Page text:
It's popular to be offended.
Just turn on one of the 24-hour news channels. You can be certain that within the hour, you'll see a talking head who is offended about something. And you'll see another talking head responding to the crisis, doing damage-control of some sort. And still another head in support of the first head, and another head in opposition to the first head.
Granted, many of the issues and circumstances in question are truly inexcusable. Not all of them should be easily brushed aside, and often, they do merit discussion and apologies. But other times...not so much.
One of the minor characters in the 1980 movie Popeye constantly shuffles around throughout the entire movie muttering to the other characters, "You owe me an apology!" He can't get past that point. And Popeye wants one too: "Another thing I got is a sensk of humiligration," he says through his corn-cob pipe. "Now, maybe you swabs can pool your intelligensk and sees that I'm axking you for an apologeky."
In the midst of all the bristling, all the incivility, and all the rancor, it has become way too commonplace to see the media spotlight shift almost daily to a new offended personality, group, or country. No need to cite examples here. If I did, I would almost certainly offend someone in this discussion of the tiresome stream of hurt feelings on every front. But it is very telling that googling the word "offended" produced plenty of current news stories on the topic. Maybe the Today Show's Willard Scott should start recognizing the offended person of the day rather than the centenarians.
Offended-ness is apparently good for ratings and readership. You probably clicked on this blog post because you wanted to know why I was offended. It makes for a dramatic storyline for viewers to follow. It gives them something to shake their heads about. To rant about. But the more it piles on, the more apologies are demanded, the more angry everyone gets...the more fragile the eggshells become...the eggshells that we tread upon as human beings interacting with one another on this planet. The stifling cultural environment of political correctness is enough to make one reluctant to tread at all. Or tweet the wrong way. Or breathe the wrong way.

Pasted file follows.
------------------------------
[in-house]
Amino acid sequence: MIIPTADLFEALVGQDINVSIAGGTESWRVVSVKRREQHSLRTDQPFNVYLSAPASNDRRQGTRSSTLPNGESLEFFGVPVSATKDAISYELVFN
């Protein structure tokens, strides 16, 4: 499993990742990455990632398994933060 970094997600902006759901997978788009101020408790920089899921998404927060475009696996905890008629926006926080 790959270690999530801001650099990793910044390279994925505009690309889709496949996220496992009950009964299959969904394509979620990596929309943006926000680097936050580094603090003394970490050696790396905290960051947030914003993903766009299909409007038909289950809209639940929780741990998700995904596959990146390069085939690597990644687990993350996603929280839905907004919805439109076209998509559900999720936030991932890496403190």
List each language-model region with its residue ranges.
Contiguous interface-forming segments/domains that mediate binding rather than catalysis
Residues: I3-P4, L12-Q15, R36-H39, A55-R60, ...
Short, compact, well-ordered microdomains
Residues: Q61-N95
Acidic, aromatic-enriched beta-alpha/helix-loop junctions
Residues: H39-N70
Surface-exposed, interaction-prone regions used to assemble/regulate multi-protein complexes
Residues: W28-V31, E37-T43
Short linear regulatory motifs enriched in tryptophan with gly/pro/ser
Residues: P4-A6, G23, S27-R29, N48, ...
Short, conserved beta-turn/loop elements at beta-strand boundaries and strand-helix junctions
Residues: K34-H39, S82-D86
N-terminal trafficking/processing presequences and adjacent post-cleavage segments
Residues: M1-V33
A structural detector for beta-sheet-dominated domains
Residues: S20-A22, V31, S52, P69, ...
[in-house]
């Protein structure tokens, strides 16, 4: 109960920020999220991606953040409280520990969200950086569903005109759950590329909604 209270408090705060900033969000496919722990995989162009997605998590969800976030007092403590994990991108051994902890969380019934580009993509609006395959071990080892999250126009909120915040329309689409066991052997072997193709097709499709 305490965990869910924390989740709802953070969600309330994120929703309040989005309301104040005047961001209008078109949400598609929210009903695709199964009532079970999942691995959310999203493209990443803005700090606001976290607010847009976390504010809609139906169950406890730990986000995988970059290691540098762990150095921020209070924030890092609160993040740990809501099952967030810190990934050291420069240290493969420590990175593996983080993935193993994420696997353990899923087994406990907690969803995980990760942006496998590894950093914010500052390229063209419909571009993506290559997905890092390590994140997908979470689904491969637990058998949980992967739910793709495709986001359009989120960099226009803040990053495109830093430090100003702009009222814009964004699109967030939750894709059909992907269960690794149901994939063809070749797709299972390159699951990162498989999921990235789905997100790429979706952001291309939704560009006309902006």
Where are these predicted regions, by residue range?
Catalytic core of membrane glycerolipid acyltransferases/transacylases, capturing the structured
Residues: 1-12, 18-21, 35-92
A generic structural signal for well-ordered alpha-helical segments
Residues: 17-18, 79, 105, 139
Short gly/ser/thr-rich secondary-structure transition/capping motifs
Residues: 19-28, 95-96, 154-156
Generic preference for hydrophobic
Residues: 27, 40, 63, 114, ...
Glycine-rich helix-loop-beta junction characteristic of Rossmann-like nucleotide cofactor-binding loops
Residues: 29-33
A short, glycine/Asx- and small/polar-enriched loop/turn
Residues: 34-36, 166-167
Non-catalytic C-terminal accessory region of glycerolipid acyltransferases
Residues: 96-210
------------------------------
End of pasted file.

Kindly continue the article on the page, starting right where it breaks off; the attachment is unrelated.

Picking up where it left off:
Based on the barometer of the media, it appears that there is a general shortage of love that is being extended from human to human...both from those who trespass, and from those who are trespassed against. Not much grace. Not much understanding. Yes, these are hot-button days filled with hot-button issues. But just like that guy from Popeye, there are an awful lot of people shuffling around, muttering (or, in some cases, howling) that someone owes them an apology. It wears on the collective consciousness at the national level, and on the personal level, it affects our relationships with others.
Love is not easily offended, says 1 Corinthians 13. Love has a pretty thick skin. Love can take it. Other people are always going to say and do stupid things...and so are we. But love covers over a multitude of sins. Covers them. Makes them invisible.
Wish you could take back what you said because it offended someone? Love can do that. Offended by what someone said to you? Forgiveness is a mighty, mighty force, demonstrated most supremely by Christ himself, putting the brakes on the downward spiral of apology-demands and wounded psyches. Like a pre-emptive strike. Or a forcefield against the assault of ensuing bitterness.
The only way back.
I need it. You need it. Talking heads need it. Churchy people and non-churchy people need it. Marriages need it. Social networkers need it. It is the unexpected, the supernatural, the refreshing and blessed balm of forgiveness...extended to those who don't deserve it. Jesus did just that...even though he could have just said he was "offended" and walked away. That is the humble force that can shake the world, both for the offended and the offender. It can shake it more than the value of the dollar, more than the quality of our educational system, even more than politics that are on display tonight.
So let's all give each other a big fat break. The world needs it.
Until next time,